Threatened by Development, Future of Haulover Hangs in Balance

More than three acres of pristine land on the East End could be the site of major development, or be preserved for future generations and the St. John community could help determine which becomes reality.

The 3.6 acres are spread over four parcels of land located on both sides of the narrow Haulover isthmus on the East End. The eastern portion of the land abuts V.I. National Park property and is located close to the V.I. Coral Reef National Monument.

South Haulover beach, on Round Bay, is on one parcel of the property, and the stunning snorkeling spot on North Haulover on Dreekets Bay, is on another parcel of the land in question.

The wetland habitat on the land is a significant resource to protect and there could be archaeological significance as well, according to Rafe Boulon, V.I. National Park Chief of Resource Management.

“The wetland habitat there is pretty important to protect and we we’ve neer done any archaeological studies there so there could be pre-history ruins in the area as well,” said Boulon.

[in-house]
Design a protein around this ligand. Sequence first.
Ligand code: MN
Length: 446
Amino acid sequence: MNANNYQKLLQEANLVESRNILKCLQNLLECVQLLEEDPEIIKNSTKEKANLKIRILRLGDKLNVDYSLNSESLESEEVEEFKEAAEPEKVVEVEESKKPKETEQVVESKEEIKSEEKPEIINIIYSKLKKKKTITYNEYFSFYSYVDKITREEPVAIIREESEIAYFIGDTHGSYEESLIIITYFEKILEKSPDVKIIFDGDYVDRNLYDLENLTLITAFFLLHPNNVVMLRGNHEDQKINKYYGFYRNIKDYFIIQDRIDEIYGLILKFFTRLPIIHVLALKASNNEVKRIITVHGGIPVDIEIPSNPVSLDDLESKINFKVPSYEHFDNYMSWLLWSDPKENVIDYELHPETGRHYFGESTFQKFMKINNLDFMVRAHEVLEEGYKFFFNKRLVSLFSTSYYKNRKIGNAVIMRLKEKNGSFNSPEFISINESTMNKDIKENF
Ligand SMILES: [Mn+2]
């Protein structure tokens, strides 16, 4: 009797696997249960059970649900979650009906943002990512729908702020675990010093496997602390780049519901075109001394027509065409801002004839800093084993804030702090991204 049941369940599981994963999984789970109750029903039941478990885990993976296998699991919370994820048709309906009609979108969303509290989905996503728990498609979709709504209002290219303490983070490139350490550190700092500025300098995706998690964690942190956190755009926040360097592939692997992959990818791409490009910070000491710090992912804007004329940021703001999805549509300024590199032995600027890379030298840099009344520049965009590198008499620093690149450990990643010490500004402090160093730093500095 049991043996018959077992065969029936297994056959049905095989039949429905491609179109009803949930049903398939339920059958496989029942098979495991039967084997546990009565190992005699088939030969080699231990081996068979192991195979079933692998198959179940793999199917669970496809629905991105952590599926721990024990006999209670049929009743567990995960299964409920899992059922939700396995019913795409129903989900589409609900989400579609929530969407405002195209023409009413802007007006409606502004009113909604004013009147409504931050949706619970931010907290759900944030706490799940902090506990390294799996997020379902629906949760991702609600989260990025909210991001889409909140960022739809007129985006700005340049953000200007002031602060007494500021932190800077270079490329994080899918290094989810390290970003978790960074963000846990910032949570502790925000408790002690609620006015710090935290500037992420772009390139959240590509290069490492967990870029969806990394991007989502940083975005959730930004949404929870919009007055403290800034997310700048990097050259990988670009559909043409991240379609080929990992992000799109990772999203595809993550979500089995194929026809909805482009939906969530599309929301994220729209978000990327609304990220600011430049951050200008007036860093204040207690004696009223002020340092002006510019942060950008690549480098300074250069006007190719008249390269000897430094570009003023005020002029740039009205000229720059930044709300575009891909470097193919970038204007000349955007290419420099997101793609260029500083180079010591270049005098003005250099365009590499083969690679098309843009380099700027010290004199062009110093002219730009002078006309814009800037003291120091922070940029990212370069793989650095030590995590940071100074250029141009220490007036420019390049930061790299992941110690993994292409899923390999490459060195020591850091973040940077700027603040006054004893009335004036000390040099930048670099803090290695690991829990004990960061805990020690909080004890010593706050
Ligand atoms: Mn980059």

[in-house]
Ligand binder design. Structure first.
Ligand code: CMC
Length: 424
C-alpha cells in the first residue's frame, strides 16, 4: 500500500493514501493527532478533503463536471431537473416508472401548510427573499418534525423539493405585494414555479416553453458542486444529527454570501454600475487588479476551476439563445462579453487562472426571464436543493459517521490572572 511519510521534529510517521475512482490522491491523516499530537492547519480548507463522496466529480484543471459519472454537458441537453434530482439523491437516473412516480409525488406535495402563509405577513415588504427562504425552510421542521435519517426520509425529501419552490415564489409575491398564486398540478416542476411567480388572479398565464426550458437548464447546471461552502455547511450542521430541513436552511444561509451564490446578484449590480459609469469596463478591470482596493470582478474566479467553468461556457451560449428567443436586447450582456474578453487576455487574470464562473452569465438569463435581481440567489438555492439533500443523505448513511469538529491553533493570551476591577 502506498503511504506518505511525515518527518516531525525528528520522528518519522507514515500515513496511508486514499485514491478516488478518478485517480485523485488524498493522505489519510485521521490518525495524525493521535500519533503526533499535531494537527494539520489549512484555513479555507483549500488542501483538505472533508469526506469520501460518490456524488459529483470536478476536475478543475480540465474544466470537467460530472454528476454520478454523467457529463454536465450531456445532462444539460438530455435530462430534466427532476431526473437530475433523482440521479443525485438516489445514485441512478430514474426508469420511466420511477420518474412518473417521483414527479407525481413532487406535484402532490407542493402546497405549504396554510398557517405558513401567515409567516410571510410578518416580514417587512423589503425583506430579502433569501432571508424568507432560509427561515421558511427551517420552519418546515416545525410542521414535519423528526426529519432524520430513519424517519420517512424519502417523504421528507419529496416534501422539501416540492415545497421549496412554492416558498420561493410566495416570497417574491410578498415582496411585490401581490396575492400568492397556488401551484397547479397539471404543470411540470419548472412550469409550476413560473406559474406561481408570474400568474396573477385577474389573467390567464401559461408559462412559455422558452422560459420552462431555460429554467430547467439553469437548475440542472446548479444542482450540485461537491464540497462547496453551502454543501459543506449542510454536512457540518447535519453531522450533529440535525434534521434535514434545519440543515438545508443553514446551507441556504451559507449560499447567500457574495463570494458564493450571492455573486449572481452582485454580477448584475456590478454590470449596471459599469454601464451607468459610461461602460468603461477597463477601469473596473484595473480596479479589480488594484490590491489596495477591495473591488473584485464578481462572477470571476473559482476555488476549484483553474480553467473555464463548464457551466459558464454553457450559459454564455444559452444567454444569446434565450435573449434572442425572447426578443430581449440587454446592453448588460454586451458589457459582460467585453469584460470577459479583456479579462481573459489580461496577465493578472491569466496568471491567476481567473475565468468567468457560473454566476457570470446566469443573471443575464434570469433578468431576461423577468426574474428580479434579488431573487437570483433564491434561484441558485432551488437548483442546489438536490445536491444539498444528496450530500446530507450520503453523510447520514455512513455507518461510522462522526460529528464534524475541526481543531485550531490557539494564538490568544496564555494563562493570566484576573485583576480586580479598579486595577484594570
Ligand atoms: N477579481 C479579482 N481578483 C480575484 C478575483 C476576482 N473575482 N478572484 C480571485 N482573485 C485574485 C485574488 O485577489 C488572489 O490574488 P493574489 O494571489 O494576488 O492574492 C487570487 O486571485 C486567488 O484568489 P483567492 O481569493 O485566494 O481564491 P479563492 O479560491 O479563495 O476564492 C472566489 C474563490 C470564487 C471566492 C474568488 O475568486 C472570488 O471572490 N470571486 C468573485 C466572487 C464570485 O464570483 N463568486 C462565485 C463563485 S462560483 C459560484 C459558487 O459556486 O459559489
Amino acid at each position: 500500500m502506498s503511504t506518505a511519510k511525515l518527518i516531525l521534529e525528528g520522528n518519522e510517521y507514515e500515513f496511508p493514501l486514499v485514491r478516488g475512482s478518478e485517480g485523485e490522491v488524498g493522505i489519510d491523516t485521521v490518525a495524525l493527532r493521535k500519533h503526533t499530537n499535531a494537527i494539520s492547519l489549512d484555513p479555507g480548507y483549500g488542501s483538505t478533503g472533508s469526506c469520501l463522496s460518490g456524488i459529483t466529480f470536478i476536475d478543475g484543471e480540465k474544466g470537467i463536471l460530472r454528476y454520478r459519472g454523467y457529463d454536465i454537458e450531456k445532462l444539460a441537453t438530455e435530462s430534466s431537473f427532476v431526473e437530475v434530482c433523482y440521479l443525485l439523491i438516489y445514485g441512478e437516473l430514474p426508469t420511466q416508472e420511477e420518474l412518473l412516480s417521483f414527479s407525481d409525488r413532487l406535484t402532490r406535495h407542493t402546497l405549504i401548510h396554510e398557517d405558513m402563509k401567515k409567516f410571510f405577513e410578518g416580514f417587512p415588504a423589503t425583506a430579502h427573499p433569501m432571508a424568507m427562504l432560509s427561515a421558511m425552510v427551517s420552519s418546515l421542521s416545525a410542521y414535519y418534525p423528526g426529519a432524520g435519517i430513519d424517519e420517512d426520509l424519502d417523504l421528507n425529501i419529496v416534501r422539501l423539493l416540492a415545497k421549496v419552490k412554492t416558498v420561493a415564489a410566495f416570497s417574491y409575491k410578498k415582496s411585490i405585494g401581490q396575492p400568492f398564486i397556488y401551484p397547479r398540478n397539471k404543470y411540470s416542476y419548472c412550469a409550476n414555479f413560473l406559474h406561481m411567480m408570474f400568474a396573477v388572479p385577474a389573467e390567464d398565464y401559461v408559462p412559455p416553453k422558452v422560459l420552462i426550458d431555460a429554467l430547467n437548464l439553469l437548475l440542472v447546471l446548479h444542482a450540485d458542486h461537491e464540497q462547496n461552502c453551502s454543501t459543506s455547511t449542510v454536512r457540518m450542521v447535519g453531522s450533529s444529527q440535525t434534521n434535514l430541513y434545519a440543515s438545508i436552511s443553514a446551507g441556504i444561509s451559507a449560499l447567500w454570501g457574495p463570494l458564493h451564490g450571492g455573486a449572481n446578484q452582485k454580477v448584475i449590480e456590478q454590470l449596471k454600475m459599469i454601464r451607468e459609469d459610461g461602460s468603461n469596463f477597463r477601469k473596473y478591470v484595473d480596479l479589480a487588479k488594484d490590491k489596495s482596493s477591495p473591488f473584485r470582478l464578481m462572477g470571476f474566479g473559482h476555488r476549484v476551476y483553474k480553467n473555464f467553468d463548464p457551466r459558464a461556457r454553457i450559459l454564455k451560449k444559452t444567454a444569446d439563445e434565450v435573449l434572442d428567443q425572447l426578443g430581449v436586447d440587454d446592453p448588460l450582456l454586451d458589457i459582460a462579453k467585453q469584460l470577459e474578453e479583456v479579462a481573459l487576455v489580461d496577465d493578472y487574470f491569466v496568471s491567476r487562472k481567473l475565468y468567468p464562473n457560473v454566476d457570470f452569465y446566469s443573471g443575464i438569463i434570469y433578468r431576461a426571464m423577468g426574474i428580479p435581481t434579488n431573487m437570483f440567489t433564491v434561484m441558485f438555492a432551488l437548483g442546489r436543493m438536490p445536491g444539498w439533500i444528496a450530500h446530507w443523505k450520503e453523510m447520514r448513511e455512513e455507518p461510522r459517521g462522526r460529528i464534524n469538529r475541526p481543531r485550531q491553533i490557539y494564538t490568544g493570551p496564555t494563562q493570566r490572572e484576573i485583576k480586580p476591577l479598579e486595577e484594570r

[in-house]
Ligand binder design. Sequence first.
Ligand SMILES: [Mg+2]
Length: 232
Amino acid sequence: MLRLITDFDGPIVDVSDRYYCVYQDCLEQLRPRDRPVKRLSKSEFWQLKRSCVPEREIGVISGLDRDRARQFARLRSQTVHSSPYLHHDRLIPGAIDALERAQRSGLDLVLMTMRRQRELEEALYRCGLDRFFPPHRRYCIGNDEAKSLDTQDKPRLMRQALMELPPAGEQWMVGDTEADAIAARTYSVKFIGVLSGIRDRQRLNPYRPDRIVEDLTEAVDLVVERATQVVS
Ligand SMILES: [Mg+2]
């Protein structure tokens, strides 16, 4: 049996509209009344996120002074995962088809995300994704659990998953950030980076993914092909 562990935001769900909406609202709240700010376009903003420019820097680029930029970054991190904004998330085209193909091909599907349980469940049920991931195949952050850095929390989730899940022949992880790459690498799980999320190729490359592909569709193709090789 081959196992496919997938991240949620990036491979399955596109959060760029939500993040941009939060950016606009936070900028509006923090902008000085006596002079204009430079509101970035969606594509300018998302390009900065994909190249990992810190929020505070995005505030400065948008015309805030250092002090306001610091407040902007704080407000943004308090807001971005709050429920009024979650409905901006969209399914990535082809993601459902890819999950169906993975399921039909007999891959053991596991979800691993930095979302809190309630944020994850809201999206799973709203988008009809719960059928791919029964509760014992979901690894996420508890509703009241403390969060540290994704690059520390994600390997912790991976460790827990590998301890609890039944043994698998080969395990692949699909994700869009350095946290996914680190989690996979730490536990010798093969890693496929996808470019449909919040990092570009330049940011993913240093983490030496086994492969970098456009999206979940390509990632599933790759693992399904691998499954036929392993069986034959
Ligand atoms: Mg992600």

While the property doesn’t actually abut the V.I. Coral Reef National Monument, it’s proximity means any development on the land would certainly impact the fragile area, Boulon added.

“That is a significant nursery reef habitat and there are important sea grass beds that would certainly be impacted by development in the area as well as the park on the north side of the property,” he said.

The land is owned by Family Properties Caribbean LLC (FPC) a long-time client of Morrisette and Muilenburg LLP, Attorneys at Law. The land is zoned R-2 (residential medium-density), which allows for  two dwelling units per quarter-acre. The developers have expressed an interest in applying for a Group Dwelling permit to get the “highest and best use” of the land, according to Attorney Rafael Muilenburg.